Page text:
Buffalo Bayou
An Echo of Houston's Wilderness Beginnings


Camp Logan - a World War I Training Base on Buffalo Bayou
by
 Linda C. Gorski and Louis F. Aulbach

One of the most interesting chapters in Houston's history was written in Memorial Park along the banks of Buffalo Bayou.   For it was here that the U.S. Army's sprawling Camp Logan was built in the middle of the First World War to train soldiers for combat.  The thing that surprises us is how little you will hear or read about Camp Logan in any of the books dedicated to Houston's history.  Even the Handbook of Texas dedicates just one paragraph to it!

Camp Logan was an emergency training center in World War I, located on the earlier site of a National Guard Camp just beyond the western city limits of Houston.  It was named for Major General John A. Logan, a prominent Civil War Union officer.   The land was leased by the United States from the Hogg family who, by World War I had assembled the block of land that includes Memorial Park in their vast real estate holdings.

Construction of the center began on July 24, 1917 in the area that is now Memorial Park.  The developed area of Camp Logan was 3,002 acres within a tract of 9,560 acres.

The next time you visit Memorial Park or paddle along its banks imagine this ... in 1917 Camp Logan was a tent camp supplemented by 1329 wooden buildings with a troop capacity of 44,899 men.   Photographs of the camp depict  row after row of tents on raised wooden platforms along graded streets near mess halls  and latrines.  Most tents had wooden walls about 4 feet high.  The streets in Camp Logan were unpaved or surfaced with oyster shell or cinders.  The City of Houston hired Layne & Bowler Company to drill a 600 foot deep water well south of Washington Avenue to service the camp and that well produced over 1 million gallons of water per day!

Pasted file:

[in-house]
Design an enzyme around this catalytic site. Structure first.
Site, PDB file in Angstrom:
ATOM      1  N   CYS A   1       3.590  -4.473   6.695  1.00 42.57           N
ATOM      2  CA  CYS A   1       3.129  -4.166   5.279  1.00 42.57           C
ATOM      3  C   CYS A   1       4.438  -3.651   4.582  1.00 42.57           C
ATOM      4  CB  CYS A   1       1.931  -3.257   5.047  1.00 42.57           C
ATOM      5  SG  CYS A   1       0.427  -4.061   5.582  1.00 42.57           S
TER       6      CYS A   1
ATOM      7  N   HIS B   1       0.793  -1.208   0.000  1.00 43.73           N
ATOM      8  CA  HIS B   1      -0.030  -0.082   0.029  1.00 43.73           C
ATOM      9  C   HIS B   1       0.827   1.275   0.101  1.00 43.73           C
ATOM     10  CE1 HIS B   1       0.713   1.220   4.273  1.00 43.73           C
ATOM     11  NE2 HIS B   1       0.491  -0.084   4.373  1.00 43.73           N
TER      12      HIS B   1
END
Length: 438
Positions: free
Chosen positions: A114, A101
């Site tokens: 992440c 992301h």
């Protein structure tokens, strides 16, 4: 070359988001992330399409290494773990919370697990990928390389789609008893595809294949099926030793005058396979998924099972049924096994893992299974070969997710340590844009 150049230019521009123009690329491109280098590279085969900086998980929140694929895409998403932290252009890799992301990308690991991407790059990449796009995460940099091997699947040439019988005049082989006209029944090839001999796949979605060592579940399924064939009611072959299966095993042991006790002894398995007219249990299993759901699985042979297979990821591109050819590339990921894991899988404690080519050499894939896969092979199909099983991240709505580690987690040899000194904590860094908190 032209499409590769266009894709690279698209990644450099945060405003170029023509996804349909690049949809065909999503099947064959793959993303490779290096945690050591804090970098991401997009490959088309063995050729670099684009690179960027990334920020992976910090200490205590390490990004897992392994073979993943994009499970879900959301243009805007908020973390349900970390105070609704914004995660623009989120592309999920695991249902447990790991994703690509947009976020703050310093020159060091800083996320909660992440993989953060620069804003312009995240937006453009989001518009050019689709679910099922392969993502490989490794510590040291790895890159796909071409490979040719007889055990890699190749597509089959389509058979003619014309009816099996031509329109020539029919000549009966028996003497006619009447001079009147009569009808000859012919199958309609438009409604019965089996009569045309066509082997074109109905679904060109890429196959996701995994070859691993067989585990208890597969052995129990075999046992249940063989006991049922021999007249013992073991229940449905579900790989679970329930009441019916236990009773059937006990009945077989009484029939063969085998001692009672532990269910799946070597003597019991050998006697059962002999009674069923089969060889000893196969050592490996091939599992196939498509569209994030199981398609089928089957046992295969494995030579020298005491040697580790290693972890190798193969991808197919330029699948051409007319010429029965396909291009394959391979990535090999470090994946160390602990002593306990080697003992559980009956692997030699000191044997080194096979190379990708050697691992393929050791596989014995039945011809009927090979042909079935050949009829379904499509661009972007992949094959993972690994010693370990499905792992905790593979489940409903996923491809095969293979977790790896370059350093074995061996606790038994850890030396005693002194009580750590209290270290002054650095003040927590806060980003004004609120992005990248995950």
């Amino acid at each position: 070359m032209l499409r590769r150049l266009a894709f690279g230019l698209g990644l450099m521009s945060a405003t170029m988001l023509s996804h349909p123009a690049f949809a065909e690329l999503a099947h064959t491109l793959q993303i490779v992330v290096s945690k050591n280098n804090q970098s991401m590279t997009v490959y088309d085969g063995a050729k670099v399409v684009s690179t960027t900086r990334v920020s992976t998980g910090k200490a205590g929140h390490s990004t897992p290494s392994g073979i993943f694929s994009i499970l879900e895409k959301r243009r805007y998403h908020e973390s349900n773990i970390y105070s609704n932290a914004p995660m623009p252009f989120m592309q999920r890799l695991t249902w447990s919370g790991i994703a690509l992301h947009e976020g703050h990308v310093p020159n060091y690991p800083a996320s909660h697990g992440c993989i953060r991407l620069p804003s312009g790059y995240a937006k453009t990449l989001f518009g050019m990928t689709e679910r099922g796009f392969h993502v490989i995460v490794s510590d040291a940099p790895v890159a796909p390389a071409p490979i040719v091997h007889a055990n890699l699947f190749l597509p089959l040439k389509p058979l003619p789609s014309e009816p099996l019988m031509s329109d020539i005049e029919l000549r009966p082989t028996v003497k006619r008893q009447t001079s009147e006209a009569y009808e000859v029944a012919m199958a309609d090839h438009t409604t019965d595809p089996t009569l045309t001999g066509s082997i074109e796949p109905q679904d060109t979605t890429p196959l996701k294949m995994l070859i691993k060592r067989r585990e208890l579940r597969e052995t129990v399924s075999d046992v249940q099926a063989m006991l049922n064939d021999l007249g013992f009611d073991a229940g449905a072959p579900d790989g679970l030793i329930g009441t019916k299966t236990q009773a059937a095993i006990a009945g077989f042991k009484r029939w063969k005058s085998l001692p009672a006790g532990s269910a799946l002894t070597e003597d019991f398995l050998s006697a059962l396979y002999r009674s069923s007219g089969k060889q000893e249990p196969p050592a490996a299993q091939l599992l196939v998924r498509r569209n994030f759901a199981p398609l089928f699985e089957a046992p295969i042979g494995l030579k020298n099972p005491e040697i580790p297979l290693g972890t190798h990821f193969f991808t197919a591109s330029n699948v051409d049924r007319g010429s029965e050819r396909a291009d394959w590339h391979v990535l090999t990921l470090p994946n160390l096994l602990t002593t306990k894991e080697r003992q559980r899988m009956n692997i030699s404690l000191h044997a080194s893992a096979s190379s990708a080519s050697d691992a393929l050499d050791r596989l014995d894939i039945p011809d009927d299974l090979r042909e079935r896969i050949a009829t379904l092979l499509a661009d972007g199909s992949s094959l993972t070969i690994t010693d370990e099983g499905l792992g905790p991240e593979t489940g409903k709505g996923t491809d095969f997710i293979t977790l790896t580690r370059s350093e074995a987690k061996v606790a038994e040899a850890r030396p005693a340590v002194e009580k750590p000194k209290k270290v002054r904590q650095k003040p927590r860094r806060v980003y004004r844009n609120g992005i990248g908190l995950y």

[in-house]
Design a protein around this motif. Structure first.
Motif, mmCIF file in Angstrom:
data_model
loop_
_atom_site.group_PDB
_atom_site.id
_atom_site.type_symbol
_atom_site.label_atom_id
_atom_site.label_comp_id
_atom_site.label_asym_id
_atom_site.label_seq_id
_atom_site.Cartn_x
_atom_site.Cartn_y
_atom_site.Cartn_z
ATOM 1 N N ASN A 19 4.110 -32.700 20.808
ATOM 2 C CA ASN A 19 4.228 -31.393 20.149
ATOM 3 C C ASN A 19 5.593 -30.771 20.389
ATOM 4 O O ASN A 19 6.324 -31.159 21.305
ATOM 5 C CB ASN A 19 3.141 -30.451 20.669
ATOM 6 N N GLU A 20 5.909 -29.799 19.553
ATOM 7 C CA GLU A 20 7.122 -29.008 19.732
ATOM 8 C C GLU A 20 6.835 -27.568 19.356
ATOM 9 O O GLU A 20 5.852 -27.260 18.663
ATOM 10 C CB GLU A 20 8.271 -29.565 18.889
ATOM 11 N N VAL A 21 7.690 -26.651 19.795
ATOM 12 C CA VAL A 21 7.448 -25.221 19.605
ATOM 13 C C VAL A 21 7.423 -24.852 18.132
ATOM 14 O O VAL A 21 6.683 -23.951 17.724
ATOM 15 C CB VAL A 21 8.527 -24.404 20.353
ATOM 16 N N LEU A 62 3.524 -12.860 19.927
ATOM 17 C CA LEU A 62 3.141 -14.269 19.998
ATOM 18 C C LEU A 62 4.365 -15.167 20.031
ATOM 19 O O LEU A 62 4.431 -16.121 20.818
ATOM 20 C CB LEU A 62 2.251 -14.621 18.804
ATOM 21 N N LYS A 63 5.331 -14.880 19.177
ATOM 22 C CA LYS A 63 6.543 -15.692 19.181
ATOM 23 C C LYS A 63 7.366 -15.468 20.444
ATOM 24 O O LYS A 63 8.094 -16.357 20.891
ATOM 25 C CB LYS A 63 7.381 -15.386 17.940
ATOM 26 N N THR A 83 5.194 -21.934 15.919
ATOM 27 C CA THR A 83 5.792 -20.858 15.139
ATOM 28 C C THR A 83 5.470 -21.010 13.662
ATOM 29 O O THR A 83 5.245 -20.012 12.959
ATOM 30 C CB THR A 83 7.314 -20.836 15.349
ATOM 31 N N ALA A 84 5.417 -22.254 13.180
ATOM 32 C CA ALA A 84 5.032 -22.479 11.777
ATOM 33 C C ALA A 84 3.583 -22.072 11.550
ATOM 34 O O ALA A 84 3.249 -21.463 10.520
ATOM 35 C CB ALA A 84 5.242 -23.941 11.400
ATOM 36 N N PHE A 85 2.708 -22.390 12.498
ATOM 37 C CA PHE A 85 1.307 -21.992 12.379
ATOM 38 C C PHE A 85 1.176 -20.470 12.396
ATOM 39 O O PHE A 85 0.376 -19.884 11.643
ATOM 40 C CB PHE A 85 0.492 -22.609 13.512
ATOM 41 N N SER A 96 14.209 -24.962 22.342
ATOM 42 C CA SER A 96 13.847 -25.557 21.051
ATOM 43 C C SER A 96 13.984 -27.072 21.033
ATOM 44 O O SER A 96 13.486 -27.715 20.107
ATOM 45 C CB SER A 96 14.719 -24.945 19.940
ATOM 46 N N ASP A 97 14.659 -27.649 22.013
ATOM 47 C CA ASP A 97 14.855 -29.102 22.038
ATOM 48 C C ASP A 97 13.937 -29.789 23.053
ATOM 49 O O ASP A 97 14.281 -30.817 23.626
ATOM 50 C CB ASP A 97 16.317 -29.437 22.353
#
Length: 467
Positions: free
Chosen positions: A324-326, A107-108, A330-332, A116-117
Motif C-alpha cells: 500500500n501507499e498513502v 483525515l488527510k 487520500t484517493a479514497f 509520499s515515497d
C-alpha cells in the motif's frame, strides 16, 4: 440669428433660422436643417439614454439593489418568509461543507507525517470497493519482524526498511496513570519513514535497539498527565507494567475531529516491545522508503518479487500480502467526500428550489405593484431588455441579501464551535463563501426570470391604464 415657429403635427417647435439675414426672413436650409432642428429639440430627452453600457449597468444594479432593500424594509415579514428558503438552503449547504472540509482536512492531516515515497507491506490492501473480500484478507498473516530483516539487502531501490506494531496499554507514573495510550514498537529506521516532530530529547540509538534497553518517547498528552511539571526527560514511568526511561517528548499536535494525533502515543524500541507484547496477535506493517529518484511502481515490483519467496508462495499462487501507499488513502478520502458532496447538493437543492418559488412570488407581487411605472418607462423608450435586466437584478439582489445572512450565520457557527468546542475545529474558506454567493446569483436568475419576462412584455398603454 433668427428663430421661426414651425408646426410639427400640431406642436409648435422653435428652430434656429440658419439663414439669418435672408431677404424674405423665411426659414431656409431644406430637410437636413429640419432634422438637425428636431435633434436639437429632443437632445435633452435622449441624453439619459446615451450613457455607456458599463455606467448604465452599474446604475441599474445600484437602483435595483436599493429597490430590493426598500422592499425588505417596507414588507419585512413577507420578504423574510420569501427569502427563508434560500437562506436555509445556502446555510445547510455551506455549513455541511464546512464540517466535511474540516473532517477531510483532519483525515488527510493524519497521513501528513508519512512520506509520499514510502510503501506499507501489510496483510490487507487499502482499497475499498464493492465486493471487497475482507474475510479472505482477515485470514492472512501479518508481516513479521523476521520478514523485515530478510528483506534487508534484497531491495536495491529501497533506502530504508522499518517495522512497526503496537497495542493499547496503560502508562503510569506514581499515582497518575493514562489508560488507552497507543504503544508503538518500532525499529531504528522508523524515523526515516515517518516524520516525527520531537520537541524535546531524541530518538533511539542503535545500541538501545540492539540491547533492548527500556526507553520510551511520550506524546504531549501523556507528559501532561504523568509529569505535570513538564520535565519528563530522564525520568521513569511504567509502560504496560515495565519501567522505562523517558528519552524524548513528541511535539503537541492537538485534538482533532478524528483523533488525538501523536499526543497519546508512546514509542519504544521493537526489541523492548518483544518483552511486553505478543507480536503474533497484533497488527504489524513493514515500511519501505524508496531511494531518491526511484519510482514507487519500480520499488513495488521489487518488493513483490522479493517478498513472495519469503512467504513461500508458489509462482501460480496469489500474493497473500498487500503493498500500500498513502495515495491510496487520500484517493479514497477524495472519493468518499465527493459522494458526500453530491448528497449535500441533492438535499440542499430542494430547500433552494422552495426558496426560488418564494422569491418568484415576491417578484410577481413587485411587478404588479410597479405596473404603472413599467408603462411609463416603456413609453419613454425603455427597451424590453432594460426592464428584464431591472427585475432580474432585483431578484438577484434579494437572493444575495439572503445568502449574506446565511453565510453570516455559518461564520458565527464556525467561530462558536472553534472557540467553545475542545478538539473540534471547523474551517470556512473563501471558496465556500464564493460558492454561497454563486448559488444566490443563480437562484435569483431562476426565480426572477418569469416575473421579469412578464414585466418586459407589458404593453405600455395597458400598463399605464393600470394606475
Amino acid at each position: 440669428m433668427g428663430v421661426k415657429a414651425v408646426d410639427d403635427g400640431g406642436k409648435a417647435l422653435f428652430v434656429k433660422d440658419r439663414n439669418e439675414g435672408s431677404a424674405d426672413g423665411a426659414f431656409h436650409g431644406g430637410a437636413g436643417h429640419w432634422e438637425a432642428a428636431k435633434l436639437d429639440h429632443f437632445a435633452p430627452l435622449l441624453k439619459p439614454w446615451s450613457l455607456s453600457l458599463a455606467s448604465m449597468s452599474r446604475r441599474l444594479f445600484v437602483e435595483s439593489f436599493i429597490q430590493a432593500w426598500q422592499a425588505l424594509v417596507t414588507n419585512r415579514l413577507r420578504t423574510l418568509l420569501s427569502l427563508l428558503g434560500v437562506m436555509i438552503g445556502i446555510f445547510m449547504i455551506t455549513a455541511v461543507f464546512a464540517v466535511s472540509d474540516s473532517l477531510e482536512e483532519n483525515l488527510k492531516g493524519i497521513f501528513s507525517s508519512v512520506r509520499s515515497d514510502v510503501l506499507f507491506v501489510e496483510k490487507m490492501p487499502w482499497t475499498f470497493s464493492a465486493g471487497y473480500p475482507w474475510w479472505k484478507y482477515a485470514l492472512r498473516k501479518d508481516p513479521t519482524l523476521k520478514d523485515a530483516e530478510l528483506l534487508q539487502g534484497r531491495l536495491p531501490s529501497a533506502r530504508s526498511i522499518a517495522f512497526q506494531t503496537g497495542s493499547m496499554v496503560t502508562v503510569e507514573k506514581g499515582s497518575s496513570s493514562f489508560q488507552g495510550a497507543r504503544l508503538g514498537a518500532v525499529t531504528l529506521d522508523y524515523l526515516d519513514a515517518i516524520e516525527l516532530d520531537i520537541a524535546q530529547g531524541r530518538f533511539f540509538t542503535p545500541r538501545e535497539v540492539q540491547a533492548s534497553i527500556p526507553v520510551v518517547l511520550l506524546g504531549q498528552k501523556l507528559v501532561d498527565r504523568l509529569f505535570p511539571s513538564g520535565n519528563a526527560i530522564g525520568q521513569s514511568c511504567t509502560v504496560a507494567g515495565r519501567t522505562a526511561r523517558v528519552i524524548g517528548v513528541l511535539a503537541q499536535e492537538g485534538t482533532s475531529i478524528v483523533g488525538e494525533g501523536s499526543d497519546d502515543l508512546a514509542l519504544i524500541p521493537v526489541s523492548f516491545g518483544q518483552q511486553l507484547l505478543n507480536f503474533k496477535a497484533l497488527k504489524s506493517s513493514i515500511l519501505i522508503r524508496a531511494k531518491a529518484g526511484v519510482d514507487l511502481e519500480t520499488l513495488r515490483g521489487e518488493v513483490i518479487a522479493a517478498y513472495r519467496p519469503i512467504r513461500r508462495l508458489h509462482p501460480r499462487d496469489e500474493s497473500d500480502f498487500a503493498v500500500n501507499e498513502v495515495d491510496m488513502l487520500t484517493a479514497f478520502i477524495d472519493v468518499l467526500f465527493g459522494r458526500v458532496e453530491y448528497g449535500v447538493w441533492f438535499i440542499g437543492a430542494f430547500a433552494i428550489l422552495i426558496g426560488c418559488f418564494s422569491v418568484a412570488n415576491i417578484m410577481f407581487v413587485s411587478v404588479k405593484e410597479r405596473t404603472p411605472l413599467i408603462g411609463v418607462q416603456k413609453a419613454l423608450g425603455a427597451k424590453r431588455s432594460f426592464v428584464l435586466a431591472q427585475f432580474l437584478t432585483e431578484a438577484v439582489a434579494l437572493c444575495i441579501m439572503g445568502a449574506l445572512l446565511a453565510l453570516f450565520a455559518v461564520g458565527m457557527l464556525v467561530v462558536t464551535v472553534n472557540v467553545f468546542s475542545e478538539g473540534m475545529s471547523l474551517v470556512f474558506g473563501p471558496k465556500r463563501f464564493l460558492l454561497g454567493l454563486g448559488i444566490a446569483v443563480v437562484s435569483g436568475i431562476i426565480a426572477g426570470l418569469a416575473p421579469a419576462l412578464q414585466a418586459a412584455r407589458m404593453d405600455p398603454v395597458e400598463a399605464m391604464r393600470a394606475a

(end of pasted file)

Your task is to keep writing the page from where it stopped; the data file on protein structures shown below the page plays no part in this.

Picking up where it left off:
A complete sewer and trench system was installed.  Sewer lines were of ceramic pipe with brick and mortar manholes.  In addition to the main camp, a Remount Depot was constructed just west of the main camp.  The Base Hospital was at the southeastern corner of Camp Logan.  A rifle range was built 8 miles west on Hillendahl Road.  Drill fields were between 1 and 2 miles northwest of the camp proper.  In short, Camp Logan was a big place!

Completion of the first phase of the camp was accomplished by August 15, 1917 setting a record for construction of World War I camps.  Within three months, more than 30,000 men were living and training at Camp Logan.

Training at Camp Logan was in drill, practice marches and rifle marksmanship with details to schools for chemical warfare, bayonet practice, hand grenade use, and cooking.  Practice marches of 8 miles were made every few days.    Breaking of horses was a recreational activity at Camp Logan as well as a serious duty.  The 108th Engineers are known to have held impromptu rodeos at Camp Logan.

Houston may also have faced the first overcrowding of its school system in 1917.    The First World War and the establishment of Camp Logan brought 500 school age children to Houston and the new City Auditorium was converted to a schoolhouse to educate them.

Despite the enormous amount of work that went into building Camp Logan, it only operated as a military establishment for 20 months, from 1917 - 1919.  On March 20, 1919 it was turned over to the U.S. Public Health Service.  In 1919 a building at Camp Logan, used by the American Red Cross during WW I, was converted into a hospital for charity purposes.

Shortly after World War I, Mike and Will Hogg regained possession of the tract on which Camp Logan was built.  The City of Houston acquired the property from them for the development of Memorial Park in 1925.

We may not be able to see any of the buildings at Camp Logan above the ground today, but according to a recent archeological survey, the camp has left it's mark on Memorial Park.  "The imprint of Camp Logan remains clear to this day.  The system of roads and drainage ditches form visible lineations matching the camp map grid where ground disturbances have been minimal."

The next time you paddle by Memorial Park, you might give a silent salute to the soldiers who trained there in World War I.

All material printed on this page and this web site is copyrighted. All rights reserved.
Copyright by Louis F. Aulbach, 2002


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